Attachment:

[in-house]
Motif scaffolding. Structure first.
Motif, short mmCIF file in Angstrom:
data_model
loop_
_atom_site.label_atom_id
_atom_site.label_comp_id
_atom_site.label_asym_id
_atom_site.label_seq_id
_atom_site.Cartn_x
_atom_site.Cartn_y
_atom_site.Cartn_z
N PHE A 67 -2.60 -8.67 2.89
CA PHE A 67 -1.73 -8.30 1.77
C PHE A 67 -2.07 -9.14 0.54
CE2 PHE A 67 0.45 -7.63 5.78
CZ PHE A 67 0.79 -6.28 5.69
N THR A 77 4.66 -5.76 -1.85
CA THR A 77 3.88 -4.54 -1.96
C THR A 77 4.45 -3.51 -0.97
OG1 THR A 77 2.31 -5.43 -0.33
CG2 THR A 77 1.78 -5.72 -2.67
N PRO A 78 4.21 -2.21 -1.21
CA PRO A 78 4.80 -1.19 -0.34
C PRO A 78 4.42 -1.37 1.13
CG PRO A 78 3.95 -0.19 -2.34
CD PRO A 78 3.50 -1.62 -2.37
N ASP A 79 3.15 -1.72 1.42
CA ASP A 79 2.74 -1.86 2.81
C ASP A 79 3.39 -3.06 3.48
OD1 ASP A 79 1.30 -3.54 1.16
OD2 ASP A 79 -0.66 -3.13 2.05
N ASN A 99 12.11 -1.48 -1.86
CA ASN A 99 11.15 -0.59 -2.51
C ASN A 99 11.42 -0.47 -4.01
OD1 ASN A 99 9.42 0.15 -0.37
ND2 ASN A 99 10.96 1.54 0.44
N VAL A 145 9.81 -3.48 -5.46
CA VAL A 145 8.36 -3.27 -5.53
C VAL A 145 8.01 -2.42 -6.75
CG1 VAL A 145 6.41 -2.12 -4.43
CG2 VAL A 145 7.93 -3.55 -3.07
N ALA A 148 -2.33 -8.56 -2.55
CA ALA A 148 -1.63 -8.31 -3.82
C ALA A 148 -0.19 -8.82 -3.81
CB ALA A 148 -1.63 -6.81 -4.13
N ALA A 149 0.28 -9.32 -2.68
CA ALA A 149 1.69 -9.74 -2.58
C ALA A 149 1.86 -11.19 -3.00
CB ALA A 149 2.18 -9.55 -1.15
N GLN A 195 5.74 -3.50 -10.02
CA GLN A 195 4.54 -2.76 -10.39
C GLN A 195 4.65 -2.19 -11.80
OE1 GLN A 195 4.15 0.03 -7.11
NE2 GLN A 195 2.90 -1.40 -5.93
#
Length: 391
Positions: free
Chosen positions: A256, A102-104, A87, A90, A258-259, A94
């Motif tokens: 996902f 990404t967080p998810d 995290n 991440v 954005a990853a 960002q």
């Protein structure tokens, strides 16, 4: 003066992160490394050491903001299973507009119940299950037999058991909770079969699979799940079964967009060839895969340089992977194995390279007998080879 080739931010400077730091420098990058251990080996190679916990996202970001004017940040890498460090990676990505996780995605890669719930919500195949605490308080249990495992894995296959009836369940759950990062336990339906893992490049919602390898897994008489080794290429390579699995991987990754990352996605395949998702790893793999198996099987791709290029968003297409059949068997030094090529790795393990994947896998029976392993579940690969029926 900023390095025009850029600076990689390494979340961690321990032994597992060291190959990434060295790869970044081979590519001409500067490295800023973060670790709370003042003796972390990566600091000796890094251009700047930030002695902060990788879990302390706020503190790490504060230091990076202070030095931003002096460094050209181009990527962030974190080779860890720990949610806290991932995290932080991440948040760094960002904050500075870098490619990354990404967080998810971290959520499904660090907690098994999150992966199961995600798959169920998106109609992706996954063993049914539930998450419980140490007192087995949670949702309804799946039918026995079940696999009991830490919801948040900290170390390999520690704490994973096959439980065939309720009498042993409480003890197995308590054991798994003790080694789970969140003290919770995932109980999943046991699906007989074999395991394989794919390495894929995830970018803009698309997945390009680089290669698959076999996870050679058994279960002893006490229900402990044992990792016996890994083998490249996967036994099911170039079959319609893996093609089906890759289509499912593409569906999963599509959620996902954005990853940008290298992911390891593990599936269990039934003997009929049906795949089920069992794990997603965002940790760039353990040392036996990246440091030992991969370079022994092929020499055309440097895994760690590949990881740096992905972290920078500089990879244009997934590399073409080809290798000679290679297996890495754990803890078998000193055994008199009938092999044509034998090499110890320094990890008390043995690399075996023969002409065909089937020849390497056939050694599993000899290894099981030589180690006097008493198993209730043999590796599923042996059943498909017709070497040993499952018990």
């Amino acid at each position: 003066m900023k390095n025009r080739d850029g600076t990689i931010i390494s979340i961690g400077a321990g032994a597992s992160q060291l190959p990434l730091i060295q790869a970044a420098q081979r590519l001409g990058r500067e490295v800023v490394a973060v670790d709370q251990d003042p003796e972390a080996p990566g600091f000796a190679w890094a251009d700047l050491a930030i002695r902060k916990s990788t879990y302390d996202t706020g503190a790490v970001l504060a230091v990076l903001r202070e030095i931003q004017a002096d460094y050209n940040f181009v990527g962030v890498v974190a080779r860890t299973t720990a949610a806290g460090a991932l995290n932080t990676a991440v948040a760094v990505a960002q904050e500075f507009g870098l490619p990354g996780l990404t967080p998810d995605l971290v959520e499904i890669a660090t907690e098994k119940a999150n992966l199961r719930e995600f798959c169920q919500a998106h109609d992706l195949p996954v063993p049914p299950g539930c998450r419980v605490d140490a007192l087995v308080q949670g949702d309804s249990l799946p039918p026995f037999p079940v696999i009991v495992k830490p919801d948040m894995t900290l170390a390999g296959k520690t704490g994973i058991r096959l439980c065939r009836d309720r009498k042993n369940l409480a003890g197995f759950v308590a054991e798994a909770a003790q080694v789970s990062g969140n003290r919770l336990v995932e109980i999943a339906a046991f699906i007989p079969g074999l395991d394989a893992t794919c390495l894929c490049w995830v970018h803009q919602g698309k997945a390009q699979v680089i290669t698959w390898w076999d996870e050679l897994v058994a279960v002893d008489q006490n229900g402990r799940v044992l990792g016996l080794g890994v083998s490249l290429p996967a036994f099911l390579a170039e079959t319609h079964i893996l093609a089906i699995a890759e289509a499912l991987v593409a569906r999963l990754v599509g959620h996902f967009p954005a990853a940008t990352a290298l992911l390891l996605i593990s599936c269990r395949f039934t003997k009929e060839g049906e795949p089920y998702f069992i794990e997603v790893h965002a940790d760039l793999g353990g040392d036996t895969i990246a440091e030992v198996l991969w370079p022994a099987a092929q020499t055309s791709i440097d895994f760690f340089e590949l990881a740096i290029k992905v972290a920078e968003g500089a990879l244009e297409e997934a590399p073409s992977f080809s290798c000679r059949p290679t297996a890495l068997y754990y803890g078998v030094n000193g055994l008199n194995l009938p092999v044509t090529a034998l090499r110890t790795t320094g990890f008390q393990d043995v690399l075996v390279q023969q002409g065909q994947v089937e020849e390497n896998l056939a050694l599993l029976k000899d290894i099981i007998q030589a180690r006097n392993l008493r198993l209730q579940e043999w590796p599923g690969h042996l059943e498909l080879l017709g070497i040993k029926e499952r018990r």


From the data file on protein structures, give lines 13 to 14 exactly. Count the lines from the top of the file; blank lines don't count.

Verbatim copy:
N PHE A 67 -2.60 -8.67 2.89
CA PHE A 67 -1.73 -8.30 1.77